And what was the end of this vile old man? " And so there we have popular writer, historian andAugustus himself all unconsciously verifying Daniel the prophet who, six hundred years before, hadsaid that a "vile person" would obtain the kingdom by " flatteries." The next verse, Daniel 11: 22 toldhow the " Prince of the Covenant " (identified in Daniel 9: 26, 27 as being the Messiah) would dieduring this emperor's reign, and the Book of Luke, chapter 3, and history make it plain that that was thetime of Christ's death.My eyes roved round the skyline trying to absorb in minutes the history of the centuries. Herewas some modern government building and there a famous old arch. Yonder stood the beautiful Victor Emanuel Monument and close by, the traditional tower on which Nero stood when he watched the burning of Rome on the night of 18th June, 64 AD. The fire served a two-fold purpose for Nero; itwiped out the slums of Rome where he had looked forward to building, for despite his megalomania, Nero was a promoter of modern town planning. It also allowed him to put the blame on the Christiansand thus organize a systematic persecution against them.Although the remains of Republican Rome are fairly few, the reminders of Imperial Rome'sgreatness are on every hand. There are monuments to Titus, conqueror of Jerusalem, and to Nerva,Trajan and Hadrian, !he latter being remembered in Britain because of the remains of Hadrian's Wall.There are monuments to the wise Antoninus Pius (A.D. 138-161), builder of mighty Baalbek in Lebanon, to Marcus Aurelius, Septimus Severus (193-211), Diocletian (284-305), Constantine theGreat (311-337), and many others. It was Constantine who, in 3,13, popularised Christianity in theEmpire by professing to have become a convert. There is very real reason to doubt the genuineness of his conversion and many real proofs that his heart still lay with Mithraism, the sun-worshippingreligion of the Roman Legions, but his so-called conversion was elastic enough to keep him popular with his troops and with the Christians as well. For political ends, Constantine sought to weld together these two great religious systems. The Christian Church which had been founded by Christ and theapostles and which had successfully weathered many storms of persecution found herself unable tostand against the compromise that came with popularity. The Church sank quickly into an abyss of corruption and simony, although one must not forget that in more outlying regions of the world primitive Christianity still continued.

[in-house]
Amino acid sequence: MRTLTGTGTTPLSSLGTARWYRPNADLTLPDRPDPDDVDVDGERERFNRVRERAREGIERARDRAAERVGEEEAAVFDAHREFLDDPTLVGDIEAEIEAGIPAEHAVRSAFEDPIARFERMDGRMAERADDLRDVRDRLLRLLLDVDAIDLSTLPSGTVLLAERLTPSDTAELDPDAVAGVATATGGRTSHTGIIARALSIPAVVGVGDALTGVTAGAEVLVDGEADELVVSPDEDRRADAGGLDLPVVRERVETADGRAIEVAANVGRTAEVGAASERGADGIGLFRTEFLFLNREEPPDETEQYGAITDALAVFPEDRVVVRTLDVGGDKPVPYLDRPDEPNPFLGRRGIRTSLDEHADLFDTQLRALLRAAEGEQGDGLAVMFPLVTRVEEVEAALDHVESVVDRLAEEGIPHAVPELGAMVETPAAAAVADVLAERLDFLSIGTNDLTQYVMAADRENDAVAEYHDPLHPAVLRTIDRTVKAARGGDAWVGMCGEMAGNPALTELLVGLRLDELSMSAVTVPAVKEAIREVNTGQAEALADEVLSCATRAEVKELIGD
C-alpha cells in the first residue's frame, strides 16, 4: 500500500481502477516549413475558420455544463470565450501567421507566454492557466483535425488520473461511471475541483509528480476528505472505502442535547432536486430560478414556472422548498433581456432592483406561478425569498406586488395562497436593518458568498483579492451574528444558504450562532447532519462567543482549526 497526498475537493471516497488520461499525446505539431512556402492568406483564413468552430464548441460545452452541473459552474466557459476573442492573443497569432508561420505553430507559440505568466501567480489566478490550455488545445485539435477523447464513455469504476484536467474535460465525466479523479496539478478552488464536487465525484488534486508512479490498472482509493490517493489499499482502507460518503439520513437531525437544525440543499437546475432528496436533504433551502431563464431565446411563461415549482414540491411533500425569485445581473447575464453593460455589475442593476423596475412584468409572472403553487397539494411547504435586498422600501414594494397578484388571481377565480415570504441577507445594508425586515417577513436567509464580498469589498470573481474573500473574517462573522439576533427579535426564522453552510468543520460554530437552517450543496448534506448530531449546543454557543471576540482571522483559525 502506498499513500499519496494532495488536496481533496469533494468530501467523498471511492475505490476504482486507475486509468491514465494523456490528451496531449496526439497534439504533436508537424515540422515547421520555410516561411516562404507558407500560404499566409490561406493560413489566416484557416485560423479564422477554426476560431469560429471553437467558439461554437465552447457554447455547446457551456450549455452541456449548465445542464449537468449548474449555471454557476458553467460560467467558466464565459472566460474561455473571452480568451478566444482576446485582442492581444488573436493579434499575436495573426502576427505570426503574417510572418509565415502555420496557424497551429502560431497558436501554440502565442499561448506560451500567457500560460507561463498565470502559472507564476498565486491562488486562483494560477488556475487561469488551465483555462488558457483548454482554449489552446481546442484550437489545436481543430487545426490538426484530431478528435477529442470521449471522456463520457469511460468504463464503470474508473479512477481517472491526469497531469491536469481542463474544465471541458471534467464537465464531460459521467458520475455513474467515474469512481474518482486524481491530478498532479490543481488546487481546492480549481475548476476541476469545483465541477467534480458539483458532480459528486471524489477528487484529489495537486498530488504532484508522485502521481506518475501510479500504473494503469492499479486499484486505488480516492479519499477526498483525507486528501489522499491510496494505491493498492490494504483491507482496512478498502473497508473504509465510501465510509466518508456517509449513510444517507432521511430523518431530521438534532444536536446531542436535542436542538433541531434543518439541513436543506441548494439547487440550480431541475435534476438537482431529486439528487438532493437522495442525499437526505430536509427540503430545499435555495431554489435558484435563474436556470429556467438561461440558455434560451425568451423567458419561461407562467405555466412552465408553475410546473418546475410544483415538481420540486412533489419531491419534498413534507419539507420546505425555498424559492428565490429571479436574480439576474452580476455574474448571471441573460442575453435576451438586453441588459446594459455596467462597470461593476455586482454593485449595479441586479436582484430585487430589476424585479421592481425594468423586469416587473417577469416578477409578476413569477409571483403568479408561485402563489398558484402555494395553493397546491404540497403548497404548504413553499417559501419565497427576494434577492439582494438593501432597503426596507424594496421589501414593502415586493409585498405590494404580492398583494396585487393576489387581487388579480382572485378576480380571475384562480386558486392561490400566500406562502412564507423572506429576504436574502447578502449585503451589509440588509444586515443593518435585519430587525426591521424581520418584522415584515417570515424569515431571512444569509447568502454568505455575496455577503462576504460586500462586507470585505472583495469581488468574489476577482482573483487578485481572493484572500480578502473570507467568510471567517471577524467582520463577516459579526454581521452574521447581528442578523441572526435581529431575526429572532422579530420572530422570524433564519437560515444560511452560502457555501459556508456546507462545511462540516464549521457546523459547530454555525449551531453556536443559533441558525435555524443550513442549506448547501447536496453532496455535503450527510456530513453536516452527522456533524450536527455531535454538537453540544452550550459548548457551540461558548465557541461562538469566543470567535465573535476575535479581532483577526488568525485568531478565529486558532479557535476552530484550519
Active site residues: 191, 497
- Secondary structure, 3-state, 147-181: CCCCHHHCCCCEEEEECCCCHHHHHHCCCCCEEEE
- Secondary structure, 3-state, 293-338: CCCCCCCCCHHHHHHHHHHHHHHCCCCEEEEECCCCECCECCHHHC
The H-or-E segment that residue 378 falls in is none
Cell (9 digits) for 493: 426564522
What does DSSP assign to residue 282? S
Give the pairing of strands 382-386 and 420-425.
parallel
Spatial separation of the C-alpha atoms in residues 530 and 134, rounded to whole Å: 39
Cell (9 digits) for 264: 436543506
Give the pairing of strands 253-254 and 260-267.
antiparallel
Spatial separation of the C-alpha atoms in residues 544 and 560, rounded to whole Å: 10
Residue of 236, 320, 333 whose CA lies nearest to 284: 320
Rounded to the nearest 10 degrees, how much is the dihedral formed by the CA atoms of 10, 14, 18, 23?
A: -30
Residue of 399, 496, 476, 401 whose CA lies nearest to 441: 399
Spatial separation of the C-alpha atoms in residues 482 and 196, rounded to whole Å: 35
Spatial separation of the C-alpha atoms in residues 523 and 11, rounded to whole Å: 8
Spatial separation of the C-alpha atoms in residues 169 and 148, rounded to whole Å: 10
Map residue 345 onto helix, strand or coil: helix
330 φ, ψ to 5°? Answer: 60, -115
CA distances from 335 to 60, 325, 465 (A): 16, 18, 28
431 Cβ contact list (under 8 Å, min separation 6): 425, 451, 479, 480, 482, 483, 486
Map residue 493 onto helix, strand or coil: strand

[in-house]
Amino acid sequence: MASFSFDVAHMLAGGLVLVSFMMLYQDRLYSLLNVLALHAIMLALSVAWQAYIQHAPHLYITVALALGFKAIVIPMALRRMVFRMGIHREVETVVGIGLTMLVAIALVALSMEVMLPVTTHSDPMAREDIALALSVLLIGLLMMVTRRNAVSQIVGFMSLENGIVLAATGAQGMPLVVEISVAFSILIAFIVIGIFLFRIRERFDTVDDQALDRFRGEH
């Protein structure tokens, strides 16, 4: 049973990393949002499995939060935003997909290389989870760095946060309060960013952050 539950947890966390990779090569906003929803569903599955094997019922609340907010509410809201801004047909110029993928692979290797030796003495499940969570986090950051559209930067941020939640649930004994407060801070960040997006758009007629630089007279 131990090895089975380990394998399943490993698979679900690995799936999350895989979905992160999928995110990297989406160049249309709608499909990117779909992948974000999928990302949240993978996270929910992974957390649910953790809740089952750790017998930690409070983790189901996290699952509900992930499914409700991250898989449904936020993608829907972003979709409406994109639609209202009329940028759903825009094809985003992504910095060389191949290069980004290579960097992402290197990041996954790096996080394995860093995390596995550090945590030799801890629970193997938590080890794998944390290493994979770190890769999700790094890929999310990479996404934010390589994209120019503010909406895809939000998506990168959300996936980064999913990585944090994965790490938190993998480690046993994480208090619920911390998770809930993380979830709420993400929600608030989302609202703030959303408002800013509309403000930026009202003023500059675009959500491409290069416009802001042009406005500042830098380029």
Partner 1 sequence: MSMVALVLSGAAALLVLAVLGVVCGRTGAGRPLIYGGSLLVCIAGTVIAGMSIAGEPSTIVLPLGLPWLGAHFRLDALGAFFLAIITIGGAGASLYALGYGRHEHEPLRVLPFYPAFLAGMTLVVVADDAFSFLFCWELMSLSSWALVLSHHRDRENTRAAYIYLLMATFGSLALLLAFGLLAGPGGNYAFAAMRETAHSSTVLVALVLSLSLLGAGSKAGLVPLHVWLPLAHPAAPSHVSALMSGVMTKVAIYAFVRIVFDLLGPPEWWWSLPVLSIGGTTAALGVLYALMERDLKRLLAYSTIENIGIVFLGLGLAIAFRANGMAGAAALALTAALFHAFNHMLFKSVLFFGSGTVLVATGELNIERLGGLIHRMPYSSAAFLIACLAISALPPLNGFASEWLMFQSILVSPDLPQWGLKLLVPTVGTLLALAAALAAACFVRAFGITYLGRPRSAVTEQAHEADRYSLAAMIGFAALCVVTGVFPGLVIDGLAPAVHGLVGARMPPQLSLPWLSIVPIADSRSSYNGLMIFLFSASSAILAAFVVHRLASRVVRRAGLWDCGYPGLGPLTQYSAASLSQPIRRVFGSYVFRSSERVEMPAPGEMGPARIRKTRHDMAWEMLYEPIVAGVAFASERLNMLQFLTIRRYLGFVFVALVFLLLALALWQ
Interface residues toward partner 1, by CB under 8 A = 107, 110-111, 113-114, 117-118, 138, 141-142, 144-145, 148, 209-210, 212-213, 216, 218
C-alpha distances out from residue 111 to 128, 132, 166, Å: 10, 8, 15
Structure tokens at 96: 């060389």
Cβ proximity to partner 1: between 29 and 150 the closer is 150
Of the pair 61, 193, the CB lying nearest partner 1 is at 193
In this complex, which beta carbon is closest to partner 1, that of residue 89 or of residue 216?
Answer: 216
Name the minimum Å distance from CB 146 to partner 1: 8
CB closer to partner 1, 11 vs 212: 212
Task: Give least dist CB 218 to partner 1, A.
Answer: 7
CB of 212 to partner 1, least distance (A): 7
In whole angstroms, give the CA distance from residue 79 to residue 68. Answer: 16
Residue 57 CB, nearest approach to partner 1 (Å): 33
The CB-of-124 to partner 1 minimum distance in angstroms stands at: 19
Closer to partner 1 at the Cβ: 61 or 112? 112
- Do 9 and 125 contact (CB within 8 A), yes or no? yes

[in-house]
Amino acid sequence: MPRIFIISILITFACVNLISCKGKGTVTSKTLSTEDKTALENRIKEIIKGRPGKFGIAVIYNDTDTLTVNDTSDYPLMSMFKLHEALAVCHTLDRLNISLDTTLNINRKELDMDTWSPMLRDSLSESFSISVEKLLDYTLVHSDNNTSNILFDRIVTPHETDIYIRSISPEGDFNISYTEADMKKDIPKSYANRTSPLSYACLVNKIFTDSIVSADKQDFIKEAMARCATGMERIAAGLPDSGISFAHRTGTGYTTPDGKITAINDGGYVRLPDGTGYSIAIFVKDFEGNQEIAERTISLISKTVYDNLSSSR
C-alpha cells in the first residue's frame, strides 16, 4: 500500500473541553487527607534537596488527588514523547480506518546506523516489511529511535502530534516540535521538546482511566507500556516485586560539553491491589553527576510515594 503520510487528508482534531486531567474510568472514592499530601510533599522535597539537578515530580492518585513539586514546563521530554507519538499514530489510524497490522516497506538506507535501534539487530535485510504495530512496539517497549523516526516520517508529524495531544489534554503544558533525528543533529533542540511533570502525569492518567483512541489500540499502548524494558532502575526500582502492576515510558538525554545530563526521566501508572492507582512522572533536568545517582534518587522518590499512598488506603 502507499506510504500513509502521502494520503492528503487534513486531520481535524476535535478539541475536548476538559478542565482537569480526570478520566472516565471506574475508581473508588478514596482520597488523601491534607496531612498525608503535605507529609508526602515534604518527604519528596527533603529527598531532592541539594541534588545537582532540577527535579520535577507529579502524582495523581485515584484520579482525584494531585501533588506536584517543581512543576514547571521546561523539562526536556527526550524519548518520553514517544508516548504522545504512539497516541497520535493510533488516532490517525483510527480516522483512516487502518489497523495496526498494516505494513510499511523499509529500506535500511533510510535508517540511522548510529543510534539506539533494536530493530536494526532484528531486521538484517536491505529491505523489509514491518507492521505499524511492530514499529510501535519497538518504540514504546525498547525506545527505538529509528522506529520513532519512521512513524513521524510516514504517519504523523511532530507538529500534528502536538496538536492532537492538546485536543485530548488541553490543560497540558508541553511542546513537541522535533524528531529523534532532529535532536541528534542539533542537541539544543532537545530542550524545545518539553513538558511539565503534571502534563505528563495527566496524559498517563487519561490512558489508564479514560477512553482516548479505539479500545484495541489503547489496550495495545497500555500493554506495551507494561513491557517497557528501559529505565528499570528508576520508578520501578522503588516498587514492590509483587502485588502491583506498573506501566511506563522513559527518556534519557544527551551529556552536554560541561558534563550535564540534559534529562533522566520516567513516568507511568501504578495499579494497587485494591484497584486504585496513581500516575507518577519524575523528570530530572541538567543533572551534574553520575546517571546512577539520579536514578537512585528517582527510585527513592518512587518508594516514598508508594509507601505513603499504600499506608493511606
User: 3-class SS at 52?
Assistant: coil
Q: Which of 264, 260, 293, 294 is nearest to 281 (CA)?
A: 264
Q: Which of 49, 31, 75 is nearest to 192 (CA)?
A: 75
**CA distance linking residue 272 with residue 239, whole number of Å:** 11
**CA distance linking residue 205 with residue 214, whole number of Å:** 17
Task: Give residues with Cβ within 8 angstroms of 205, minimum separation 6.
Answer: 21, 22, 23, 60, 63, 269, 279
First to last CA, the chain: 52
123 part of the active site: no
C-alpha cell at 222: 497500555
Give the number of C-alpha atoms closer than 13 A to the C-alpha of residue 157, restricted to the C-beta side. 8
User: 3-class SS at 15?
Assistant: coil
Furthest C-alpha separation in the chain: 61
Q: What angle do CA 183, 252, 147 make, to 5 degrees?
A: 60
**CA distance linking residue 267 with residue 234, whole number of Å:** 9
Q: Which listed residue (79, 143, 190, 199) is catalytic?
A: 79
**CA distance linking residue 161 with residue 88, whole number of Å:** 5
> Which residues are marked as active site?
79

It was during the reign of these last emperors that the Bishop of Rome succeeded in asserting hisauthority over the four bishops of the Christian Church-the bishops of Jerusalem, Antioch,Constantinople and Alexandria. This primacy was further strengthened by the Sack of Rome in 410AD. by the Goths under Alaric the first capture of Rome by a foreign foe in more than eight centuries.Then came the raids of Genseric and his vandals in 455 and finally in 47~6 the deposition of thewestern emperor by the, Teuton, Odoacer. As each barbarian incursion took place, the position of theemperor declined, while the power of the bishop, who became known as the pope, was enhanced. ACatholic writer tells how the Popes of Rome succeeded to the seat of the Caesars: "Long ages ago whenRome through the neglect of the Western emperors was left to the mercy of the barbarous hordes, theRomans turned to one figures for aid and protection and asked him to rule them; and thus commencedthe temporal sovereignty of the Popes. And meekly stepping to the throne of Caesar, the Vicar of Christtook up the sceptre to which the emperors and kings of Europe were to bow in reverence through somany ages." American Catholic Quarterly Review, April, 191 LWith the fall of Western Rome, there was no sudden break with the Eastern emperor atConstantinople, or New Rome. Theodoric, king of the Ostrogoths who revered the ancient city, tried toestablish an Italian state to carry on the Roman tradition. After his death in 526 the Eastern emperor Justinian reconquered Italy at great cost. Rome was captured and recaptured five times in eighteenyears and by the middle of the sixth century the city finally came under the control of the Easternemperor and was administered by the Exarch of Ravenna as part of the Byzantine empire.As civic powers waned, the popes gradually gained in authority. Pope Gregory the Great (590-604) assumed very great power and others followed on. Tiring of the restraints of Byzantine rule, PopeLeo III turned to the Frankish king Charlemagne and on Christmas Day of the year 800 crowned himhead of the Holy Roman Empire which, as some wit has remarked, was neither holy, nor Roman, nor an empire.The next few centuries were dark for Rome. The forces of Islam were knocking on her gates.In the ninth century the Saracens plundered two of her outer churches. Then followed years of bitter contest between popes and emperors and popes with rival popes. The sixteenth century dawned brilliantly, with Raphael and Michelangelo both working on their beautiful frescoes in the Vatican, butRome soon again became the pawn in the struggle between rival powers. The French kings and the